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The Evolution of Observation

Sponsored by Voyager

It has been almost two years since the National Highway Traffic Safety Administration (NHTSA) updated FMVSS 111 to make back up cameras mandatory on all passenger vehicles weighing less than 10,000 pounds. But the history and evolution of automotive observation is much longer. General Motors was the first to debut a back up camera as a concept all the way back in 1956. It was a full-sized television camera, mounted in the trunk of a Buick Centurion, that transmitted directly to a television set on the dashboard. This system, while not all that different from the ones we use today, did not catch on.

In fact, it would take the rest of the century before Nissan would make back up cameras widely available in the United States with the 2000 Infiniti. The automotive industry understood, decades before the government did, that installing camera systems on vehicles would make them safer. In this same way, the commercial trucking market has embraced observation by installing systems on larger vehicles that have larger blind spots but are not covered by the NHTSA mandate.

ASA Electronics® was an early innovator of rear camera systems for the commercial truck market. The Elkhart, Indiana-based company developed their first wired camera system in 1987. In 1997, they literally made a name for themselves and started selling their back up cameras and monitors under the Voyager® brand. Since then, the Voyager product line has been adopted by some of the largest fleets in the world and has evolved to include side body cameras, forward-facing cameras, and more.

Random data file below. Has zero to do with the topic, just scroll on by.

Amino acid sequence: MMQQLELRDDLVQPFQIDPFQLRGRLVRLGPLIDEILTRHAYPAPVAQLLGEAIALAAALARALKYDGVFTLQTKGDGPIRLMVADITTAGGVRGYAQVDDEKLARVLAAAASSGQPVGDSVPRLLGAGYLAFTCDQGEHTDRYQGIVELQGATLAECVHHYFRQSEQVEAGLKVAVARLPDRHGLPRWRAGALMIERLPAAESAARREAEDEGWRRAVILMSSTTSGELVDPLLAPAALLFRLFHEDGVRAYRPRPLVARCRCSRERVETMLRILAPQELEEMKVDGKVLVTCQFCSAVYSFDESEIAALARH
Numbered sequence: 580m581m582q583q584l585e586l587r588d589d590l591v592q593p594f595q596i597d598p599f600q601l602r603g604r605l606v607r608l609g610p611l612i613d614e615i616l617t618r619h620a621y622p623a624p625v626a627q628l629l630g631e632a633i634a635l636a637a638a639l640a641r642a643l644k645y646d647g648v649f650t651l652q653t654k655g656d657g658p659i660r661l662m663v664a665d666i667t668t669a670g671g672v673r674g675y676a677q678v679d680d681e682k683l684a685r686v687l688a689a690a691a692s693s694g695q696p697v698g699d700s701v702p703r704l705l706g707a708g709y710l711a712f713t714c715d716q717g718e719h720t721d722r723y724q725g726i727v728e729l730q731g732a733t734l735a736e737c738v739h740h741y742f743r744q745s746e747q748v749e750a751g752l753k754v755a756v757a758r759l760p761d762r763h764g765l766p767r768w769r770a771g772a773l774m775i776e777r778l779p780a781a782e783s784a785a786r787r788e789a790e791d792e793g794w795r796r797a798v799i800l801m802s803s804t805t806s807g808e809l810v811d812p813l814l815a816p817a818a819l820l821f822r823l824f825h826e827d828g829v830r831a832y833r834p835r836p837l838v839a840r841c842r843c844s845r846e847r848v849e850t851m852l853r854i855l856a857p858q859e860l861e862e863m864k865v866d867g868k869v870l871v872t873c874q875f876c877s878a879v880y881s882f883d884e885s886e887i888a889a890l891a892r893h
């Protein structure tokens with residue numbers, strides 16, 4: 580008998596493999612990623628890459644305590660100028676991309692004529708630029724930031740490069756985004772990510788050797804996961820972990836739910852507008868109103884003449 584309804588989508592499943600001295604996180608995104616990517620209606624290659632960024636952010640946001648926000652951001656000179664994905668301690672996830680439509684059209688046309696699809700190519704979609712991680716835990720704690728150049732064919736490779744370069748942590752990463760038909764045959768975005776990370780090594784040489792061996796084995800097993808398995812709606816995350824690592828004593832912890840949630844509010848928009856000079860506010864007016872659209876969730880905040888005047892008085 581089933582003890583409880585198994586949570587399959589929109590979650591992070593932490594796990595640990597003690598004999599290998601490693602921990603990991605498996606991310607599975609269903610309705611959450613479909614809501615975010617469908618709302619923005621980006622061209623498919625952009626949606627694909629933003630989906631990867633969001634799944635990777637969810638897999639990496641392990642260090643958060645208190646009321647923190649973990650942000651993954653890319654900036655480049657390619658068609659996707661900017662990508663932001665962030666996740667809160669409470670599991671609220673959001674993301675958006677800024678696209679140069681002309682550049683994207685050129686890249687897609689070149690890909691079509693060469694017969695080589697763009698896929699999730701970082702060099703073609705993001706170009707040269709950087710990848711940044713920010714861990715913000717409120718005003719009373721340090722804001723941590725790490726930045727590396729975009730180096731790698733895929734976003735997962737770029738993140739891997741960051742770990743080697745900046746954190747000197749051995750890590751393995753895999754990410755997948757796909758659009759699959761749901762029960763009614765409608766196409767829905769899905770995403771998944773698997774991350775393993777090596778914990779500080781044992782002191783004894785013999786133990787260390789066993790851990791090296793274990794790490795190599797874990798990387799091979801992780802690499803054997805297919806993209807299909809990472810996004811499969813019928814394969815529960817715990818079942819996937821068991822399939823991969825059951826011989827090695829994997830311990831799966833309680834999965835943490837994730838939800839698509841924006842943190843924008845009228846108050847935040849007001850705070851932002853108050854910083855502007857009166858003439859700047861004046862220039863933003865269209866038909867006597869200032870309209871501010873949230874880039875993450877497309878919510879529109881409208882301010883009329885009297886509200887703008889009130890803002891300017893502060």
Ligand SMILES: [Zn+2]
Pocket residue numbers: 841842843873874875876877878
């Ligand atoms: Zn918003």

ASA Electronics recognized the need for a system that would combine the benefits of all these camera offerings and improve upon them. They developed the first Voyager 360-degree Camera System in 2017. The system took the images from four cameras and used them to create one seamless picture, eliminating all vehicle blind spots to help prevent costly accidents. But, like the first back up cameras, there was room to improve.

The new Voyager Auto-calibrating 360-degree Camera System was the next step in the evolution, taking feedback from customers to create calibration profiles for the vehicles they were working with the most frequently. The new system uses advanced software to automatically combine the images from four cameras to create a seamless panoramic view around the entire vehicle. The revolutionary system was designed to simplify the installation process, with current software support for four common vehicle types: walk-in vans, busses, semi-trailers, and heavy duty vehicles. By streamlining the process, fleet up-fitters will be able to install the Voyager Auto-calibrating 360-degree Camera System in a shorter amount of time than its predecessor, making the technology available to more drivers.

Making the technology easier to install makes it more accessible to fleets that may not have the time or staff to individually calibrate each vehicle. Eliminating vehicle blind spots and giving drivers the full picture of their surroundings decreases accident risk which in turn reduces insurance premiums for a safer and more economical fleet.

This article was sponsored by Voyager. For more information, please visit our website at


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